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Parkinson’s Disease
Volume 2016 (2016), Article ID 7596482, 14 pages
Research Article

Blood Plasma of Patients with Parkinson’s Disease Increases Alpha-Synuclein Aggregation and Neurotoxicity

1Department of Neurobiology, Xuanwu Hospital of Capital Medical University, Beijing, China
2Department of Human Anatomy, School of Basic Medical Sciences, Beihua University, Jilin, China
3Center of Parkinson’s Disease, Beijing Institute for Brain Disorders, Beijing, China
4Beijing Key Laboratory for Parkinson’s Disease, Beijing, China

Received 23 June 2016; Revised 16 September 2016; Accepted 9 October 2016

Academic Editor: Hélio Teive

Copyright © 2016 Peng Wang et al. This is an open access article distributed under the Creative Commons Attribution License, which permits unrestricted use, distribution, and reproduction in any medium, provided the original work is properly cited.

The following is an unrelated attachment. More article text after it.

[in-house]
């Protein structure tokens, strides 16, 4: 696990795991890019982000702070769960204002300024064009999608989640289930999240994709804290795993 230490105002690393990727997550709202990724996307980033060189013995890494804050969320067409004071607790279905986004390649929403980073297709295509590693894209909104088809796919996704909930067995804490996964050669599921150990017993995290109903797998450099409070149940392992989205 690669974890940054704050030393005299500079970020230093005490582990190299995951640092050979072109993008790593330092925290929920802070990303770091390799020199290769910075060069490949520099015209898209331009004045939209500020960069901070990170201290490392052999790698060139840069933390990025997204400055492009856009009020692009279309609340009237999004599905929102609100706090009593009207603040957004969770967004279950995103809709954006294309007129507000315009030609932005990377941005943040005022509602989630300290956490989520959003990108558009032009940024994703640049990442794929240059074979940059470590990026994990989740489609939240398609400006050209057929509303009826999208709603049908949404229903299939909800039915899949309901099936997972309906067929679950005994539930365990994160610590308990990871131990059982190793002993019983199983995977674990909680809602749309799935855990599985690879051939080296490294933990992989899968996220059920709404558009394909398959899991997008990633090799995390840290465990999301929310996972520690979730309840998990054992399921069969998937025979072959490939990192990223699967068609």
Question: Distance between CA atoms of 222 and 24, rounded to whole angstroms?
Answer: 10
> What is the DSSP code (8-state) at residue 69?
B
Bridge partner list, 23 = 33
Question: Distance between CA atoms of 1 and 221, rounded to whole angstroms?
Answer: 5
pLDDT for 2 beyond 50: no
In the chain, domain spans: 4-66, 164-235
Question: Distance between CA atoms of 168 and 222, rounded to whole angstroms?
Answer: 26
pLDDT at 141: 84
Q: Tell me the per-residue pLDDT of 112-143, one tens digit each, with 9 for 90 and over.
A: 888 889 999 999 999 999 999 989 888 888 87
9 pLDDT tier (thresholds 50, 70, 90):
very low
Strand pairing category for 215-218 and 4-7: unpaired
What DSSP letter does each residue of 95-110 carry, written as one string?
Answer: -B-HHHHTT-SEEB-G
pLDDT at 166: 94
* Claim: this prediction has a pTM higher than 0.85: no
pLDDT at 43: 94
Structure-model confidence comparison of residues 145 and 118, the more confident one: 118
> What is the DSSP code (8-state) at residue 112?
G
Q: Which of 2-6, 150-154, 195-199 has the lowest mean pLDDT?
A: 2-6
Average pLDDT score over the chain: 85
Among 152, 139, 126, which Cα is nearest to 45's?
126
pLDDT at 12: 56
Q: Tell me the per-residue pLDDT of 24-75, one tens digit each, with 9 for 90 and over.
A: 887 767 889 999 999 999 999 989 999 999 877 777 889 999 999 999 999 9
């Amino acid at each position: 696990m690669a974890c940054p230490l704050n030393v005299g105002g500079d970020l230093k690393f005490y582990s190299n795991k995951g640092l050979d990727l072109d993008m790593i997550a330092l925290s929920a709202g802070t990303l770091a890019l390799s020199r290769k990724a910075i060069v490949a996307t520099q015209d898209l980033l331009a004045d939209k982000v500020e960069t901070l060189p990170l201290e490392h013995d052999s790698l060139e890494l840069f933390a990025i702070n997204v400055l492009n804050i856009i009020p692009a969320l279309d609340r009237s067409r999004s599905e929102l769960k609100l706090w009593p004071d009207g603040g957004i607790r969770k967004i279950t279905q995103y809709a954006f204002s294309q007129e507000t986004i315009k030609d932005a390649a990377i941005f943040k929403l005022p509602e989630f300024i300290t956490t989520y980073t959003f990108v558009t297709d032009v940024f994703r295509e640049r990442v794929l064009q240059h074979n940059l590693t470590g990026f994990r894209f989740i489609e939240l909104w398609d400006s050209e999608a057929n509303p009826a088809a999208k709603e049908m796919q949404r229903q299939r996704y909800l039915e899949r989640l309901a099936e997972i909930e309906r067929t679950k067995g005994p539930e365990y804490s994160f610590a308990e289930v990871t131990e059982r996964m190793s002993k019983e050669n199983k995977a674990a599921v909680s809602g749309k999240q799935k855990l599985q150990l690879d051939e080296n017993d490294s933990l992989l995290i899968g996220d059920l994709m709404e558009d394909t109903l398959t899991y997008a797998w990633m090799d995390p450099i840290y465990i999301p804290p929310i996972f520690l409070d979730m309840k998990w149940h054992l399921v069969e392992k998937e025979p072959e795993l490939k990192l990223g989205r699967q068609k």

A pathological hallmark of Parkinson’s disease (PD) is formation of Lewy bodies in neurons of the brain. This has been attributed to the spread of α-synuclein (α-syn) aggregates, which involves release of α-syn from a neuron and its reuptake by a neighboring neuron. We found that treatment with plasma from PD patients induced more α-syn phosphorylation and oligomerization than plasma from normal subjects (NS). Compared with NS plasma, PD plasma added to primary neuron cultures caused more cell death in the presence of extracellular α-syn. This was supported by the observations that phosphorylated α-syn oligomers entered neurons, rapidly increased accumulated thioflavin S-positive inclusions, and induced a series of metabolic changes that included activation of polo-like kinase 2, inhibition of glucocerebrosidase and protein phosphatase 2A, and reduction of ceramide levels, all of which have been shown to promote α-syn phosphorylation and aggregation. We also analyzed neurotoxicity of α-syn oligomers relative to plasma from different patients. Neurotoxicity was not related to age or gender of the patients. However, neurotoxicity was positively correlated with H&Y staging score. The modification in the plasma may promote spreading of α-syn aggregates via an alternative pathway and accelerate progression of PD.